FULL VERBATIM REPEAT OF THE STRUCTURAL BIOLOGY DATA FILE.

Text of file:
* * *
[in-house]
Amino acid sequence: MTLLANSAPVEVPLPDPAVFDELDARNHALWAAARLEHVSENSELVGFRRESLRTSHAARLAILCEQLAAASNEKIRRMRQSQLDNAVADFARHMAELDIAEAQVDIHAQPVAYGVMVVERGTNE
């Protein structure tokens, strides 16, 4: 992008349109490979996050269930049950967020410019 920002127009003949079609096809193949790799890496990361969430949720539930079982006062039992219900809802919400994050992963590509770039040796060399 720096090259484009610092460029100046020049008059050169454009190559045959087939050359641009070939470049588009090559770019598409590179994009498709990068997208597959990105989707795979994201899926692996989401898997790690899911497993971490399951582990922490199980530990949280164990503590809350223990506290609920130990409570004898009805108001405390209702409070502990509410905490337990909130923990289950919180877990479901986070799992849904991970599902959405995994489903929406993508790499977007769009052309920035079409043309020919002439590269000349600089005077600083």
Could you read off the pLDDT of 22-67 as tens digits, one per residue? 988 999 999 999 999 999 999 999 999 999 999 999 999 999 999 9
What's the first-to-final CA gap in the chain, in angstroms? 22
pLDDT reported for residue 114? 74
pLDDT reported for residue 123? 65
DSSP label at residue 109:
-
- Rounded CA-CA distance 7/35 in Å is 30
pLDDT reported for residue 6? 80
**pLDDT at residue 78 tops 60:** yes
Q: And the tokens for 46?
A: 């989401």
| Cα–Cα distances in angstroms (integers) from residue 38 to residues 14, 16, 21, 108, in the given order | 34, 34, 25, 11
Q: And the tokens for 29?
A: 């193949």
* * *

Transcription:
[in-house]
Amino acid sequence: MTLLANSAPVEVPLPDPAVFDELDARNHALWAAARLEHVSENSELVGFRRESLRTSHAARLAILCEQLAAASNEKIRRMRQSQLDNAVADFARHMAELDIAEAQVDIHAQPVAYGVMVVERGTNE
């Protein structure tokens, strides 16, 4: 992008349109490979996050269930049950967020410019 920002127009003949079609096809193949790799890496990361969430949720539930079982006062039992219900809802919400994050992963590509770039040796060399 720096090259484009610092460029100046020049008059050169454009190559045959087939050359641009070939470049588009090559770019598409590179994009498709990068997208597959990105989707795979994201899926692996989401898997790690899911497993971490399951582990922490199980530990949280164990503590809350223990506290609920130990409570004898009805108001405390209702409070502990509410905490337990909130923990289950919180877990479901986070799992849904991970599902959405995994489903929406993508790499977007769009052309920035079409043309020919002439590269000349600089005077600083």
Could you read off the pLDDT of 22-67 as tens digits, one per residue? 988 999 999 999 999 999 999 999 999 999 999 999 999 999 999 9
What's the first-to-final CA gap in the chain, in angstroms? 22
pLDDT reported for residue 114? 74
pLDDT reported for residue 123? 65
DSSP label at residue 109:
-
- Rounded CA-CA distance 7/35 in Å is 30
pLDDT reported for residue 6? 80
**pLDDT at residue 78 tops 60:** yes
Q: And the tokens for 46?
A: 């989401």
| Cα–Cα distances in angstroms (integers) from residue 38 to residues 14, 16, 21, 108, in the given order | 34, 34, 25, 11
Q: And the tokens for 29?
A: 């193949």